In 2003, the Netherlands continued its commitment to shipping and port security by increasing cooperation with the United States. The first meeting of the bilateral Aviation Security Working Group was held in April, and the inaugural meeting of the Port and Maritime Security Working Group was held in May. In addition, radiological monitors in the port of Rotterdam were expected to be installed and operational by 2004.
There were no international terrorist attacks in the Netherlands in 2003.
The Netherlands has signed and ratified all 12 international conventions and protocols relating to terrorism.
Norway has been a solid ally in the war on terrorism. Norwegian authorities continue to investigate suspected Ansar al-Islam leader (and Norway resident) Mullah Krekar and have frozen an account linked to that organization. The Norwegian Government has provided Special Operations Forces and Explosive Ordinance Disposal units on a rotating basis to Operation Enduring Freedom and ISAF in Afghanistan since October 2001. Elements of a Mechanized Infantry Company of 180 personnel, the Telemark Task Force, deployed to Afghanistan in December 2003. The unit provided security for the Loya Jirga proceedings and is now conducting security missions in and around Kabul as part of the ISAF. Norway contributed more than $46 million to Afghan reconstruction in 2002 and $53 million in 2003. In 2003, Norway designated Afghanistan a priority-assistance country, making a long-term commitment to development and reconstruction there. The Royal Norwegian Navy has maintained a near-continuous presence in Operation Active Endeavor with frigates, submarines, or torpedo boats.
Although Norway did not participate in the Coalition to liberate Iraq, they have contributed a 150-man engineering contingent operating with the United Kingdom and six staff officers operating with the Poles to the reconstruction effort in southern Iraq. In 2003, Norway contributed $42 million to the reconstruction and stabilization effort in Iraq, and at Madrid it pledged more than $11 million per year through 2006 for this effort.
Norway is a party to all 12 international conventions and protocols relating to terrorism.
Poland continues to play an important regional role in advancing the war against terrorism, both as a NATO ally and in the broader coalition against terrorism. Members of Poland's special forces took part in Operation Iraqi Freedom, and on 3 September a Polish-led multinational division assumed control of the Central-South security zone in Iraq. More than 2,000 Polish soldiers currently are serving in Iraq, and the Government of Poland has also offered to assist in training the new Iraqi police force. In Afghanistan, some 100 Polish military personnel are involved in mineclearing operations at Bagram Air Base, and the Polish Government recently conveyed $100,000 worth of weapons and ammunition to the new Afghan National Army. Poland is providing most humanitarian assistance on an as-available basis.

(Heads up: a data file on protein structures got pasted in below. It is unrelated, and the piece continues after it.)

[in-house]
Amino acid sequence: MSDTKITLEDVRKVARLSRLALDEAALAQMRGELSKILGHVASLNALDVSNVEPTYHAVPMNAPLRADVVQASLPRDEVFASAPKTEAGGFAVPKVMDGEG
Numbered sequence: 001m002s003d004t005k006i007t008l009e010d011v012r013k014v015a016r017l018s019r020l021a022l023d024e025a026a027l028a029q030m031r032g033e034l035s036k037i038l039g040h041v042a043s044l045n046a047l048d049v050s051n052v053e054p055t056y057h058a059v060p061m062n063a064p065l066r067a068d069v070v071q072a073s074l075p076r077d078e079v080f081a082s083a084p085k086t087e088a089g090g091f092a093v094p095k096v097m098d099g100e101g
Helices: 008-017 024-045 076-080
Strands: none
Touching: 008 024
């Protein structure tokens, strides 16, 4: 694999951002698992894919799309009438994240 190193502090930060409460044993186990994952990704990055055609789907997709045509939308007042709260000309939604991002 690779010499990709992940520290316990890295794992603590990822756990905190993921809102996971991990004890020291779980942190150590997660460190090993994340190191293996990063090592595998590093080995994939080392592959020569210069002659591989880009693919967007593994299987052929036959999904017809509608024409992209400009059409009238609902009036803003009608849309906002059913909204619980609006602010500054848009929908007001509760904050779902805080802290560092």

Poland agreed to a Memorandum of Understanding (MOU) with the US Treasury Department's Financial Crimes Enforcement Network (FinCEN) to facilitate information sharing on terrorist financing. The Government of Poland implemented stopgap measures to freeze terrorist assets.
In September, Polish law enforcement officials arrested an Algerian citizen wanted in Algeria on terrorist charges, and Polish officials cooperated with US law enforcement in the investigation of other terrorist cases.
Poland is a party to 9 of the 12 conventions and protocols relating to terrorism. The Polish Government has actively promoted the war on terrorism in bilateral and multilateral forums, and Poland continued to make progress in ratifying outstanding antiterrorism conventions. It ratified the Convention on the Suppression of Terrorist Financing, passed legislation authorizing signature of the Convention on the Suppression of Terrorist Bombing, and approved measures to attack the sources of terrorist finances, including amendments to broaden an anti-money laundering law.
Romania is a staunch ally of the United States in the global war against terrorism, providing full public and diplomatic support for US goals to counter terrorism. In 2003, about 1,200 Romanian troops served at the same time in Iraq and Afghanistan, and Romania has promised to maintain its commitment of troops in 2004. Romania suffered its first casualties in the war against terror in November 2003 when two Romanians were fatally shot in an ambush in Afghanistan. Romania has made its airspace, ground infrastructure, and naval facilities available to US and NATO forces engaged in the global war against terrorism.
The Romanian Government has established internal mechanisms to combat terrorism, including adoption of a "National Anti-Terrorism Strategy" and guidelines to prevent the use of the Romanian financial and banking system for the purpose of financing terrorist acts. In 2003, Romania adopted a law establishing a new regime for the control of dual-use items and technologies. Bucharest is the site of the Southeast European Cooperation Initiative, a regional center that provides law enforcement training and intelligence sharing on transborder criminal activities, including terrorism, for 12 member countries in Southeastern and Central Europe.
Romania has signed all 12 counterterrorism conventions and ratified all but the Convention for the Suppression of Terrorist Bombings.